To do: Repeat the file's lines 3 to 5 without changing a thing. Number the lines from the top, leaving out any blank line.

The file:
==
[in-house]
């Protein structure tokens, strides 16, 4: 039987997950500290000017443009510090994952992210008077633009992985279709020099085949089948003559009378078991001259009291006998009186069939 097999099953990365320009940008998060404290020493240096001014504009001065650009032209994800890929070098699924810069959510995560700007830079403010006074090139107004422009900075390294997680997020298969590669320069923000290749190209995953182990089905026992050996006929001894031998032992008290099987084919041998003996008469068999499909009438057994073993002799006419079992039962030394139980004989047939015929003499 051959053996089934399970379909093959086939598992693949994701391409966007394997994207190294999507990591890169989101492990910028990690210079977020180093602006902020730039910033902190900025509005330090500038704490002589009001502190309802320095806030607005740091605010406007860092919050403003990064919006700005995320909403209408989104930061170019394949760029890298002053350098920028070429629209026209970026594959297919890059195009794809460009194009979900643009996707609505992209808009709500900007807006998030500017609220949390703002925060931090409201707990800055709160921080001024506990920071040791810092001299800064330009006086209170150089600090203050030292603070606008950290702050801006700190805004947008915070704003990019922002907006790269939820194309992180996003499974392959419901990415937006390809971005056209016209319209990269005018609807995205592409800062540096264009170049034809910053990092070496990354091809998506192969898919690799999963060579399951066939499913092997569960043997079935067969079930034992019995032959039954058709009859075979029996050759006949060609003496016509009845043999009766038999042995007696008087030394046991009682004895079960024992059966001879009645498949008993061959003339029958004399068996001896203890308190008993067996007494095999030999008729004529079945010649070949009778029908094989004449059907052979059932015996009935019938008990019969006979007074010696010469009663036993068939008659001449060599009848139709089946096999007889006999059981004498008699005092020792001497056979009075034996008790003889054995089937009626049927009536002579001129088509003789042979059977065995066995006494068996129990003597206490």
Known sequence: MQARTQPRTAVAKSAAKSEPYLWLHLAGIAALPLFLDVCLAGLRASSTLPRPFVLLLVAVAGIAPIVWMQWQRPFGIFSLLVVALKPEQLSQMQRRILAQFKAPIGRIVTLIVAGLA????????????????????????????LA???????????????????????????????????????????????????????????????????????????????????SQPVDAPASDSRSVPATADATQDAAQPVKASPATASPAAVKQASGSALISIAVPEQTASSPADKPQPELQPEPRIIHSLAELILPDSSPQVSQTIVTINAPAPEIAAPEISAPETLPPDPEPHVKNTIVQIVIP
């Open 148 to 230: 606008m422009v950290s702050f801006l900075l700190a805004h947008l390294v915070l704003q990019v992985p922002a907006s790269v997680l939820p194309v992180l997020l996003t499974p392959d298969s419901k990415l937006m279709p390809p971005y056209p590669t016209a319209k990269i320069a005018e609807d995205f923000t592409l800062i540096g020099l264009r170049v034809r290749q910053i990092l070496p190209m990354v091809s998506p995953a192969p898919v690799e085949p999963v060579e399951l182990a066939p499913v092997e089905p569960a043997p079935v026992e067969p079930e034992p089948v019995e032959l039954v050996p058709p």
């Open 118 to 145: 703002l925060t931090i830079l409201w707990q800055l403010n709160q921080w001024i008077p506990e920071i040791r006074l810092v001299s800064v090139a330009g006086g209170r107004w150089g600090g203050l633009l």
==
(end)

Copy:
Known sequence: MQARTQPRTAVAKSAAKSEPYLWLHLAGIAALPLFLDVCLAGLRASSTLPRPFVLLLVAVAGIAPIVWMQWQRPFGIFSLLVVALKPEQLSQMQRRILAQFKAPIGRIVTLIVAGLA????????????????????????????LA???????????????????????????????????????????????????????????????????????????????????SQPVDAPASDSRSVPATADATQDAAQPVKASPATASPAAVKQASGSALISIAVPEQTASSPADKPQPELQPEPRIIHSLAELILPDSSPQVSQTIVTINAPAPEIAAPEISAPETLPPDPEPHVKNTIVQIVIP
């Open 148 to 230: 606008m422009v950290s702050f801006l900075l700190a805004h947008l390294v915070l704003q990019v992985p922002a907006s790269v997680l939820p194309v992180l997020l996003t499974p392959d298969s419901k990415l937006m279709p390809p971005y056209p590669t016209a319209k990269i320069a005018e609807d995205f923000t592409l800062i540096g020099l264009r170049v034809r290749q910053i990092l070496p190209m990354v091809s998506p995953a192969p898919v690799e085949p999963v060579e399951l182990a066939p499913v092997e089905p569960a043997p079935v026992e067969p079930e034992p089948v019995e032959l039954v050996p058709p």
């Open 118 to 145: 703002l925060t931090i830079l409201w707990q800055l403010n709160q921080w001024i008077p506990e920071i040791r006074l810092v001299s800064v090139a330009g006086g209170r107004w150089g600090g203050l633009l």